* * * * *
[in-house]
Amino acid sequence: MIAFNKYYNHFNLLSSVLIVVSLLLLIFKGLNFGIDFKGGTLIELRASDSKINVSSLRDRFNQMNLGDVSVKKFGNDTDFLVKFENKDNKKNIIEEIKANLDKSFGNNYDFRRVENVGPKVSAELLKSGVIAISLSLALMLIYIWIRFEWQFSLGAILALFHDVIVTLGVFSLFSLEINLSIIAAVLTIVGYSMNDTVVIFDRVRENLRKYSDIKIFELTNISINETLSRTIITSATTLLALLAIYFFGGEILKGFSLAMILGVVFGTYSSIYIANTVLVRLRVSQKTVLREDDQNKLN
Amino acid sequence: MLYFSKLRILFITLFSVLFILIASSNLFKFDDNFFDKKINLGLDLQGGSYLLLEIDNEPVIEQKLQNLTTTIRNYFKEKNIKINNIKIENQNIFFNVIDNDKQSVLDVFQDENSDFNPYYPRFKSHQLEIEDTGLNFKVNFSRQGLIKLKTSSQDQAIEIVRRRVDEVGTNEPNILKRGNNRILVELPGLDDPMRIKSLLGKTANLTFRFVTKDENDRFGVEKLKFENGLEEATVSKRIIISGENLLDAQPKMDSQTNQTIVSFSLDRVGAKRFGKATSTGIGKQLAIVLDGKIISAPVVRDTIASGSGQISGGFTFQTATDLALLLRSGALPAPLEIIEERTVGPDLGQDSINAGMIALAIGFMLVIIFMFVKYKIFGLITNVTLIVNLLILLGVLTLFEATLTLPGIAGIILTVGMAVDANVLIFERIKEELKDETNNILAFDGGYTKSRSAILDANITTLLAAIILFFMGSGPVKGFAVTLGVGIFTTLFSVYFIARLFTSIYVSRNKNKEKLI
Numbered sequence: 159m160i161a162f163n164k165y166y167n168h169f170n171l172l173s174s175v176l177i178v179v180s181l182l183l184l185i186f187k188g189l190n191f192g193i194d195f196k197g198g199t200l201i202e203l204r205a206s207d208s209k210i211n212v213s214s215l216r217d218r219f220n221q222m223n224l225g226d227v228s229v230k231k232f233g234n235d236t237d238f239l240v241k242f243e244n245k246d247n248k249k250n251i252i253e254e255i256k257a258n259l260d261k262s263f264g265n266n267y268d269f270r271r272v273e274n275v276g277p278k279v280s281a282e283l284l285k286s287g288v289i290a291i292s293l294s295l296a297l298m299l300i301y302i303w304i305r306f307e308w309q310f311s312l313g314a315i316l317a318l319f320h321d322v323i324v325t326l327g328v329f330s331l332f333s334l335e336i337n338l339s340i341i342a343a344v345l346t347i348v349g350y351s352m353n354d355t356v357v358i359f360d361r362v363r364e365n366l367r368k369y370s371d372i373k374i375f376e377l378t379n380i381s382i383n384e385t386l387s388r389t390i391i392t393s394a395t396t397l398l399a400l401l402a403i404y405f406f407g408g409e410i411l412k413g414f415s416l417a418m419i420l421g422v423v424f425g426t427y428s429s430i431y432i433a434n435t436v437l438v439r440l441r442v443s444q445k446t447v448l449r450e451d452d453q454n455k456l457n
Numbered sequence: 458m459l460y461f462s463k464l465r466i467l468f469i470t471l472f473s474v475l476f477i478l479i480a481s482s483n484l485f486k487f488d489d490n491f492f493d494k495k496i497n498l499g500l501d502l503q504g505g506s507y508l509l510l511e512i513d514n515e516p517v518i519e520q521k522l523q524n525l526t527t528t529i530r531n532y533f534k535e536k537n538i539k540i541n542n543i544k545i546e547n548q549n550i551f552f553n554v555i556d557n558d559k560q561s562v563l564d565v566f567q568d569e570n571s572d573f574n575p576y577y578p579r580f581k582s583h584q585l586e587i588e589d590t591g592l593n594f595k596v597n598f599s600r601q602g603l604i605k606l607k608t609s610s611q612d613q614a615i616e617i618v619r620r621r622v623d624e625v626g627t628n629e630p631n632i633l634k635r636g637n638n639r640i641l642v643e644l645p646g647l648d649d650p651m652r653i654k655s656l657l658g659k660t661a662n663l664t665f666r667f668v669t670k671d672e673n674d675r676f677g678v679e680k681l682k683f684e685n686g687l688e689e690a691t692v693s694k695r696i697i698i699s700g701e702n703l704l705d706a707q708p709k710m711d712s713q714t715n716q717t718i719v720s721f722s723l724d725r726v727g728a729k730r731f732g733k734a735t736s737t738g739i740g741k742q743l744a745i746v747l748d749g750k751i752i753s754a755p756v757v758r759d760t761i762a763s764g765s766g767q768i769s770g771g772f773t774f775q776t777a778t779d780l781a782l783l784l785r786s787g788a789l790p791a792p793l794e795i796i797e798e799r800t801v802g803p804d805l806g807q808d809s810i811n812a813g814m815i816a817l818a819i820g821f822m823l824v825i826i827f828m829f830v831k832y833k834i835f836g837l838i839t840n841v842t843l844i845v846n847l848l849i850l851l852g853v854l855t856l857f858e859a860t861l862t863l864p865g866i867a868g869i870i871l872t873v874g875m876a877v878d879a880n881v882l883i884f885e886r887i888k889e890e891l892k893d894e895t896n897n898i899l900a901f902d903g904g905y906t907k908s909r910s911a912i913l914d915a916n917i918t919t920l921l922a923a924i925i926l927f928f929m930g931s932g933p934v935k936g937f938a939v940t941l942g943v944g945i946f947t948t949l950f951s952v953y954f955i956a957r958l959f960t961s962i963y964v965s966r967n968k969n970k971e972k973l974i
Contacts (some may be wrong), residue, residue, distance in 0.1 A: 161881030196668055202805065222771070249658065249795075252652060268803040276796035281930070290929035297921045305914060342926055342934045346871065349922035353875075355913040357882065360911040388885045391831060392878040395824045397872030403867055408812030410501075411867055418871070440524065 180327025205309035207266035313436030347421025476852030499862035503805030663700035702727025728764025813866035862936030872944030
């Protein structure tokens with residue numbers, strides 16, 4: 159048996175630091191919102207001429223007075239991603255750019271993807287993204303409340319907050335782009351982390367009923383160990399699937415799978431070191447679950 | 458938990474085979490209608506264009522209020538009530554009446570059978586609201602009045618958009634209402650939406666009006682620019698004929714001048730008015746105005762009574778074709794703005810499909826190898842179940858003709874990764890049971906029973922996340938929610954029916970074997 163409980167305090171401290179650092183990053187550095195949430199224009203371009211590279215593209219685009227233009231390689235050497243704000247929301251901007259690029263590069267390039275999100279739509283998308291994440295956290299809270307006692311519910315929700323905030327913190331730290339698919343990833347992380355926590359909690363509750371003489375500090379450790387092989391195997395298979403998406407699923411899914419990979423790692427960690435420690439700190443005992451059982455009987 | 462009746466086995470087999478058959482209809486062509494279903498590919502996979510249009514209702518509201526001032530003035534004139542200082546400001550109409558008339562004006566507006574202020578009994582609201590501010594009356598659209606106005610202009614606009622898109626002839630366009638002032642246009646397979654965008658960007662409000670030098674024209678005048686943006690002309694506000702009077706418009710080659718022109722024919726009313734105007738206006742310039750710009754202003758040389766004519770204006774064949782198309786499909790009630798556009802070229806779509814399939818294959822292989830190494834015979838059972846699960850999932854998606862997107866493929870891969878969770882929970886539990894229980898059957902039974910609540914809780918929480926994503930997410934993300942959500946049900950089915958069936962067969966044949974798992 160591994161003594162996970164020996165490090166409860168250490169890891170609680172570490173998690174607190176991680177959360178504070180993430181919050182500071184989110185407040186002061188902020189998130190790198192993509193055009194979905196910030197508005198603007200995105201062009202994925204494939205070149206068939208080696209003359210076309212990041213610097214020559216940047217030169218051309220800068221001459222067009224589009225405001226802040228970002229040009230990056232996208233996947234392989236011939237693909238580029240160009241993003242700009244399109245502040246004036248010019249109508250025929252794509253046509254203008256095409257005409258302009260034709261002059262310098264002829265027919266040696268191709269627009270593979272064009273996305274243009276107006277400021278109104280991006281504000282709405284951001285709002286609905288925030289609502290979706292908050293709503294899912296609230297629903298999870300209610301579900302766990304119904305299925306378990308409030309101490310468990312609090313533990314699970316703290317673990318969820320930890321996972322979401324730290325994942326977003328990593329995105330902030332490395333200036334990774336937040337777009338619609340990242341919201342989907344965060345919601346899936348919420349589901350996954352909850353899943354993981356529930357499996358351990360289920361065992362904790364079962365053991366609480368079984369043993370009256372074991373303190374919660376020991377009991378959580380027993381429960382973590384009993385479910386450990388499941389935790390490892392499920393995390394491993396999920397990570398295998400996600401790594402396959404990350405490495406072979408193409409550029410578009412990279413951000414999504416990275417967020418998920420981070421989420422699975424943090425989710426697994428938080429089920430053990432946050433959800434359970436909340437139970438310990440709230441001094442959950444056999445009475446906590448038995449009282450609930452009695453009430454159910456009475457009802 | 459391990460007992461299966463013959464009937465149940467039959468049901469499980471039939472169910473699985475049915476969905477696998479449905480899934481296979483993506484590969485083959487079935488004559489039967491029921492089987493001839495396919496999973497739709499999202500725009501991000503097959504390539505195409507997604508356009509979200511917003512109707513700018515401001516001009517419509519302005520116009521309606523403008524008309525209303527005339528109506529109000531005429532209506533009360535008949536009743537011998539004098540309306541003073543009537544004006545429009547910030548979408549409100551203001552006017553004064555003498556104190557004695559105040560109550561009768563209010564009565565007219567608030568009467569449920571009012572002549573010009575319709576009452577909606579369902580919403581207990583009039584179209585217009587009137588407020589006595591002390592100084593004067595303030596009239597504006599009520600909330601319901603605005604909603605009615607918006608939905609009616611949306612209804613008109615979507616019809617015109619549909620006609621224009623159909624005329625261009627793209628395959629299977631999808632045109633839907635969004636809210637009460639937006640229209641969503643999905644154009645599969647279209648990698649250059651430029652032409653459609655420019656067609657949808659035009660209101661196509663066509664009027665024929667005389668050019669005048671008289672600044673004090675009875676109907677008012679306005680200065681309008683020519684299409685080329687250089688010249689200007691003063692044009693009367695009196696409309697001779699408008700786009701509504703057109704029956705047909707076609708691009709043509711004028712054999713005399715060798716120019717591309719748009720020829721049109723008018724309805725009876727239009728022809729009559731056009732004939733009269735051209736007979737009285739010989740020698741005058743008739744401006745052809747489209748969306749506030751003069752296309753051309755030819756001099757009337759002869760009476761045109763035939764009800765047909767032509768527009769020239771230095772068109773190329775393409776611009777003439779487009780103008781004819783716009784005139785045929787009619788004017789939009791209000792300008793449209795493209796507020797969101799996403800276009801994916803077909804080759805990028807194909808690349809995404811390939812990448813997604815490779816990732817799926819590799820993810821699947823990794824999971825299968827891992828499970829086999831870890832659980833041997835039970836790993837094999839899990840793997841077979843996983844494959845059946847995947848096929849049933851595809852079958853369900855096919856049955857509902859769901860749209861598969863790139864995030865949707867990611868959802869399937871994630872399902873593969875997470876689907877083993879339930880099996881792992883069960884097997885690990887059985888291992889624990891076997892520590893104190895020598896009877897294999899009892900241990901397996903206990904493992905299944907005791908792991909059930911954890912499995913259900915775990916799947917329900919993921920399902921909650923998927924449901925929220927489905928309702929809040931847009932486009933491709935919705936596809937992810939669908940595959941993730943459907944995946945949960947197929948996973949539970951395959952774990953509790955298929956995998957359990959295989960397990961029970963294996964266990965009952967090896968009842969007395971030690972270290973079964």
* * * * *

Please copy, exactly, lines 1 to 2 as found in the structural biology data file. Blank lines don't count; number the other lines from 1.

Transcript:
[in-house]
Amino acid sequence: MIAFNKYYNHFNLLSSVLIVVSLLLLIFKGLNFGIDFKGGTLIELRASDSKINVSSLRDRFNQMNLGDVSVKKFGNDTDFLVKFENKDNKKNIIEEIKANLDKSFGNNYDFRRVENVGPKVSAELLKSGVIAISLSLALMLIYIWIRFEWQFSLGAILALFHDVIVTLGVFSLFSLEINLSIIAAVLTIVGYSMNDTVVIFDRVRENLRKYSDIKIFELTNISINETLSRTIITSATTLLALLAIYFFGGEILKGFSLAMILGVVFGTYSSIYIANTVLVRLRVSQKTVLREDDQNKLN